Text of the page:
University of Minnesota

Ruth H. Burke
University of Pennsylvania

Rory Kramer
University of Pennsylvania

Camille Zubrinsky Charles, Professor of Sociology and the Edmund J. and Louise W. Kahn Term Professor in the Social Sciences; Director, The Center for Africana Studies
University of Pennsylvania

Traditional theories of multiracial identity propose that multiracial individuals go through a period of “crisis” in which their racial and ethnic identity is fluid and inconsistent. These theories argue that such fluidity leads to emotional stress. Recent research has shown that this fluidity is more related to socioeconomic status and background and that racial consistency is not a necessary or ideal goal for multiracial individuals. At the same time, others have shown how to measure consistency of identity in survey research such as Add Health but have not yet studied whether or not consistency is related to negative emotional outcomes. In this paper, we expand those measures to include Hispanic ethnic identity in our measure of consistency and test whether or not inconsistency of racial and/or ethnic identity is related to depression. We find that the older, more linear theories of multiraciality are not correct and that fluid identities are not significantly related to higher scores on a standard measure of depression. The paper concludes by discussing how these findings highlight the importance of producing new theories of racial identity that consider fluidity and multidimensionality of racial identity as a natural and neutral part of an individual’s identity.

For more information, click here.

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Changing Answers but Not Identities: A Qualitative Investigation of Race Responses in a Longitudinal Survey

Posted in Identity Development/Psychology, Media Archive, Papers/Presentations, Social Science, United States on 2010-05-26 04:11Z by Steven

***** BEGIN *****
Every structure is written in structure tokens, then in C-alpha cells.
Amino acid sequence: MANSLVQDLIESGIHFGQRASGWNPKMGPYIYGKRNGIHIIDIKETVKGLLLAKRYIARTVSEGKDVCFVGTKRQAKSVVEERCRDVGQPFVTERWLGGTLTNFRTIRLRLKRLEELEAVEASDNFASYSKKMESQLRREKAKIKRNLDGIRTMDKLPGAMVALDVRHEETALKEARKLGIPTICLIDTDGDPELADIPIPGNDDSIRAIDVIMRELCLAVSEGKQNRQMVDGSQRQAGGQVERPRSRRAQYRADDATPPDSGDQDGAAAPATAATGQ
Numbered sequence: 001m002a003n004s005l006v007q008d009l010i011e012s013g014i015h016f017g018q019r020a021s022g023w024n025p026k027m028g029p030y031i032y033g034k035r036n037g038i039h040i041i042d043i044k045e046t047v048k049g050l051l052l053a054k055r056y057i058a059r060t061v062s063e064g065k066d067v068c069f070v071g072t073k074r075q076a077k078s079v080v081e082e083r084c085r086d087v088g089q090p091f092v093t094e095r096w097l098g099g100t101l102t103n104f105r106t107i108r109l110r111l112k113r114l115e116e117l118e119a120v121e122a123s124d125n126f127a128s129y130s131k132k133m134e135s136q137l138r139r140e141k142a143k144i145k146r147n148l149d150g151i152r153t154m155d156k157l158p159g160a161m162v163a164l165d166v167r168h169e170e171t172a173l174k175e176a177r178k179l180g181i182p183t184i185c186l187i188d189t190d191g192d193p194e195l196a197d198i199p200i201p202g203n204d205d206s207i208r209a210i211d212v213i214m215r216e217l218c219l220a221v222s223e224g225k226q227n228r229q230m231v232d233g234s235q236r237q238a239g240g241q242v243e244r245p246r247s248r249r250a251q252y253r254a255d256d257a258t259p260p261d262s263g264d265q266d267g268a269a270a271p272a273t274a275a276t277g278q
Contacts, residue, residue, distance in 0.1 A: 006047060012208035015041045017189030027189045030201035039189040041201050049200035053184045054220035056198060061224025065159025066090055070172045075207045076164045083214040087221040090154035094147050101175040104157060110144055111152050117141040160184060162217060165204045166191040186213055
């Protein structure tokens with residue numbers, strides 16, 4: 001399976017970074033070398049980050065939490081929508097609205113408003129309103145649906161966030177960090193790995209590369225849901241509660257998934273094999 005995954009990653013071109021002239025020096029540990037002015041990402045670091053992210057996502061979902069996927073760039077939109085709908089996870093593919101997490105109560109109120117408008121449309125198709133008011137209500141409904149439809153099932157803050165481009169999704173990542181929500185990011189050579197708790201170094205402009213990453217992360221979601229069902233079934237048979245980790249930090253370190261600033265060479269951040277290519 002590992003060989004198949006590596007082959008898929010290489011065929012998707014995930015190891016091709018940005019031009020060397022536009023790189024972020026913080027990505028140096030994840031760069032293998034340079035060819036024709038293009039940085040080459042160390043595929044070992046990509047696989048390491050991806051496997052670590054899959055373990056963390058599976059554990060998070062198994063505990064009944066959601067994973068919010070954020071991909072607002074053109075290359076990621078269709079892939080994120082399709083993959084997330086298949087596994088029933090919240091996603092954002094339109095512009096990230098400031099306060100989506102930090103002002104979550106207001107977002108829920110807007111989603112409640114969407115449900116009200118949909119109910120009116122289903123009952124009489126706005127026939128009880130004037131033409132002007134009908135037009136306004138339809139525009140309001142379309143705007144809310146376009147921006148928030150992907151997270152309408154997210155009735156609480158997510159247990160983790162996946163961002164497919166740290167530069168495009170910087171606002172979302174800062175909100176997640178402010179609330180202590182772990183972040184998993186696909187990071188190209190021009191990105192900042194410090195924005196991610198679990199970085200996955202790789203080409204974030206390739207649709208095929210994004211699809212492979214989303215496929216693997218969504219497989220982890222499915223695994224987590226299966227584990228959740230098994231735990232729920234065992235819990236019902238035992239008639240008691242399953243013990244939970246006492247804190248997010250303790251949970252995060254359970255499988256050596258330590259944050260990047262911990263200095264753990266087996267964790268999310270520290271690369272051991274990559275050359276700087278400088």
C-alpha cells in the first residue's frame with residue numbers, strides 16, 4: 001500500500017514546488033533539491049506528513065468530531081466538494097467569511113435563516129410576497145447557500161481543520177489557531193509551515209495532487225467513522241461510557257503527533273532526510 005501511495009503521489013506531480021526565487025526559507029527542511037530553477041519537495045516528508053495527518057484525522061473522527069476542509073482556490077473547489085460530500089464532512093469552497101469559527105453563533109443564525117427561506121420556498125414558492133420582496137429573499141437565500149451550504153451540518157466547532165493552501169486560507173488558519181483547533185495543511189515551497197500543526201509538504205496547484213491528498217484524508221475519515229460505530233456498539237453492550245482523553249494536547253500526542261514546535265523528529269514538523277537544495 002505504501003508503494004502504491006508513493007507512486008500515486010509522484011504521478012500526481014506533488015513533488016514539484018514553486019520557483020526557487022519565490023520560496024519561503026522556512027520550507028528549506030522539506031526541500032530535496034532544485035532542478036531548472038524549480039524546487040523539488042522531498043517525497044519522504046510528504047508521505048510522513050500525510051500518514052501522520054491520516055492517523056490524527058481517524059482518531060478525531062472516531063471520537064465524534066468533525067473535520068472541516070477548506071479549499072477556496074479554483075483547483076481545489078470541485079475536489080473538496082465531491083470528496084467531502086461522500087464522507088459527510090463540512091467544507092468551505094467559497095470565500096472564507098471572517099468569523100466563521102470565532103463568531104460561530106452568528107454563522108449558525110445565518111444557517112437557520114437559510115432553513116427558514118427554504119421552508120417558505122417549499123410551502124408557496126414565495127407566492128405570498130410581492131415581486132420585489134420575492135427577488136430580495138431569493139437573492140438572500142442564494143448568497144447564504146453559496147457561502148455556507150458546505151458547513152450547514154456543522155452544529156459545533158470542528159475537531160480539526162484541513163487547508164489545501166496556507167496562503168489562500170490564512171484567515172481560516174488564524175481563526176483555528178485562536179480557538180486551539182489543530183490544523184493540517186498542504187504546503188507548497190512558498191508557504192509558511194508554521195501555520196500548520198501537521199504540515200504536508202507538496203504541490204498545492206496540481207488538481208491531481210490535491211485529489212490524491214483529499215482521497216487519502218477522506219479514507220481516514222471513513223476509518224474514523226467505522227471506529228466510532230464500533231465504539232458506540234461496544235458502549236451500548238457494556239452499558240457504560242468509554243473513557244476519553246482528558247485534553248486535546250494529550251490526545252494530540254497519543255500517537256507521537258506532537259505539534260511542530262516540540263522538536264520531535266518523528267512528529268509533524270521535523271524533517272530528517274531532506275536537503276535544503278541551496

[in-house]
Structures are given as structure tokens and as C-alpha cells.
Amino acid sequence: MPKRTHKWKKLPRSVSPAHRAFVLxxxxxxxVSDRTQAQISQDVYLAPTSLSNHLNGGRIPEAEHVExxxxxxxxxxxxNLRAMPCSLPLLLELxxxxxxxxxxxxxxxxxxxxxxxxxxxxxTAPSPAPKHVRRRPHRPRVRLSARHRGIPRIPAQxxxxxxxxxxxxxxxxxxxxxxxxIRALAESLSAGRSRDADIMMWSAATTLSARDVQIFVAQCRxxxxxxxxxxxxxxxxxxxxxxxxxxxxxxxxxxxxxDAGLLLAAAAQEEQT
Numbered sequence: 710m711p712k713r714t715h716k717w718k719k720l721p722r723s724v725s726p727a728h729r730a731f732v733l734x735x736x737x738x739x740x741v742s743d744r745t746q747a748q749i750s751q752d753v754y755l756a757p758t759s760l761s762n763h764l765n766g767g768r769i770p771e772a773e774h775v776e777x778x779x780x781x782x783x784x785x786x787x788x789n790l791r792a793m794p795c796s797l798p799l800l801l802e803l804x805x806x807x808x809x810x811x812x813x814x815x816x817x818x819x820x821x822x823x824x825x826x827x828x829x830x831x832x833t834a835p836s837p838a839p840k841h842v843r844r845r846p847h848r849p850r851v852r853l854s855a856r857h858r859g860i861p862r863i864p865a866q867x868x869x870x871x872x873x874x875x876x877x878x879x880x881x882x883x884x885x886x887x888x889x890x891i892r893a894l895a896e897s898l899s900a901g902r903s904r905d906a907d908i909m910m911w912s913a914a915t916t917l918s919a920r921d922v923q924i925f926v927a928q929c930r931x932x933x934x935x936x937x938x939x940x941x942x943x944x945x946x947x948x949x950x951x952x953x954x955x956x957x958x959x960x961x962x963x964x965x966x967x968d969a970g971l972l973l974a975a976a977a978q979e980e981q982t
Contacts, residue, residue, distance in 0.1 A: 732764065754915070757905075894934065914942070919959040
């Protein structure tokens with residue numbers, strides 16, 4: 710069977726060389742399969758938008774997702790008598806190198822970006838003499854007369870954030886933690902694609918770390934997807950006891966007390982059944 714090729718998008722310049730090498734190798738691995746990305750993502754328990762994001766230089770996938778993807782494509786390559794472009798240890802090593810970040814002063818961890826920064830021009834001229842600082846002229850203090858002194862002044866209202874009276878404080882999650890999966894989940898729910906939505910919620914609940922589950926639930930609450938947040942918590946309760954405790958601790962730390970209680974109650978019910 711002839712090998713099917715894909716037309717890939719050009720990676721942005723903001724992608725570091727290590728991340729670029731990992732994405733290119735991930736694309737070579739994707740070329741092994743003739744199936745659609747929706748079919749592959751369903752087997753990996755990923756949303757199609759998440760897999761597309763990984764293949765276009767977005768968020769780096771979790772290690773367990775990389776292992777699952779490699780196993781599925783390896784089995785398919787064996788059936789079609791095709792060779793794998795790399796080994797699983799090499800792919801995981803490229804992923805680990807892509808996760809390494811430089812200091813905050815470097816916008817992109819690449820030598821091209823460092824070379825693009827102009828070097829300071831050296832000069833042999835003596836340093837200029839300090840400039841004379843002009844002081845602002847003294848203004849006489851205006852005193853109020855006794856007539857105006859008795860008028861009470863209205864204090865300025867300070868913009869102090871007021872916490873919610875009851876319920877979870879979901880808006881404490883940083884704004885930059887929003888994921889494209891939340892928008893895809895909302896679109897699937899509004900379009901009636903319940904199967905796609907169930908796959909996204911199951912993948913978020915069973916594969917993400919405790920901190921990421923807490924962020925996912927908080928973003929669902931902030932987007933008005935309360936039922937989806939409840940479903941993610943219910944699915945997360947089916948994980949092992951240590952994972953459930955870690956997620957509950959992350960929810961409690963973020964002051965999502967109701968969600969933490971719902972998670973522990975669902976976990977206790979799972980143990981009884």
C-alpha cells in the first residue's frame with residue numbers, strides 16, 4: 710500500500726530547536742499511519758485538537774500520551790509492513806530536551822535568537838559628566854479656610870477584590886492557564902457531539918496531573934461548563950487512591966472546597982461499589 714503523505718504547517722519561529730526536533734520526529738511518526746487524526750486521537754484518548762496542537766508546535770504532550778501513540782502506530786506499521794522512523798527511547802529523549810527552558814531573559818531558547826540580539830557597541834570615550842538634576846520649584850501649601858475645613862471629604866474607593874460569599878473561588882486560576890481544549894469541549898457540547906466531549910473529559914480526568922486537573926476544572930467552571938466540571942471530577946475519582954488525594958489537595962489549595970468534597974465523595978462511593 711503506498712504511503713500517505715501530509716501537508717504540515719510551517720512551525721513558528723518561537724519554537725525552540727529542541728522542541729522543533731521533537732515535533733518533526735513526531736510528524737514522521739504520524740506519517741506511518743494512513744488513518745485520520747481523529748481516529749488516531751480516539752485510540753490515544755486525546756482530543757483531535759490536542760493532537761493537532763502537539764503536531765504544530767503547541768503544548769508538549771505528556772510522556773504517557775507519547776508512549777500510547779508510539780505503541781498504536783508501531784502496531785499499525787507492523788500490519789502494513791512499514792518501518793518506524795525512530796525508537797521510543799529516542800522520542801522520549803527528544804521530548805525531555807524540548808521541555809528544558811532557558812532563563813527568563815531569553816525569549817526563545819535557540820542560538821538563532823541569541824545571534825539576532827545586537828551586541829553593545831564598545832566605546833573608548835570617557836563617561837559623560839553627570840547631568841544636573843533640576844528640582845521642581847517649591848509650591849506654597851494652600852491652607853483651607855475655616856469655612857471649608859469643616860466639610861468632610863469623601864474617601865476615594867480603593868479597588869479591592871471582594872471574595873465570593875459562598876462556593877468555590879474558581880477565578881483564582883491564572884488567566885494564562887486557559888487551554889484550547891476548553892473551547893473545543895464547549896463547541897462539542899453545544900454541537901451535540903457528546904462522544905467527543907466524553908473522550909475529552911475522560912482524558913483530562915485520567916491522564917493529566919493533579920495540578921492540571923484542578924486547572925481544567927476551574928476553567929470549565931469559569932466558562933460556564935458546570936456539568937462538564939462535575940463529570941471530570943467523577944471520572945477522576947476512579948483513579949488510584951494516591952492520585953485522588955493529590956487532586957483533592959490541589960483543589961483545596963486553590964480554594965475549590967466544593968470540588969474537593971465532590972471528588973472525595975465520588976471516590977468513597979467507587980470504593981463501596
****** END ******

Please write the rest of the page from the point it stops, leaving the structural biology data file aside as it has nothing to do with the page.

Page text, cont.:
Changing Answers but Not Identities: A Qualitative Investigation of Race Responses in a Longitudinal Survey

Population Association of America
2009 Annual Meeting
Marriott Renaissance Center
Detroit, Michigan
2009-04-16
19 pages

Kelsey Poss
University of Minnesota

Carolyn A. Liebler, Assistant Professor of Sociology
University of Minnesota

Paper presented at the 2009 annual meetings of the Population Association of America on May 1, 2009

We seek to understand why people change their race responses over time. We use longitudinal survey responses to selectively recruit individuals for in-depth interviews about the reasons behind their changing responses to questions about their race(s) and primary racial or ethnic identities between 1988 and 2007. We find a wide variety of changes in 33 individuals’ answers to questions about their race, ancestry and Hispanic origin. To date, we have completed in-depth interviews with nine of these individuals. In many cases, respondents do not remember changing their answers and do not consider themselves to have changed their identities. Respondents’ post-hoc accounts of varied answers often focus on events or thoughts near the time of the survey and on details of question-wording. Many also report a rationalized process for selective reporting of their race(s), depending on the purpose of the form (e.g., job application versus social club).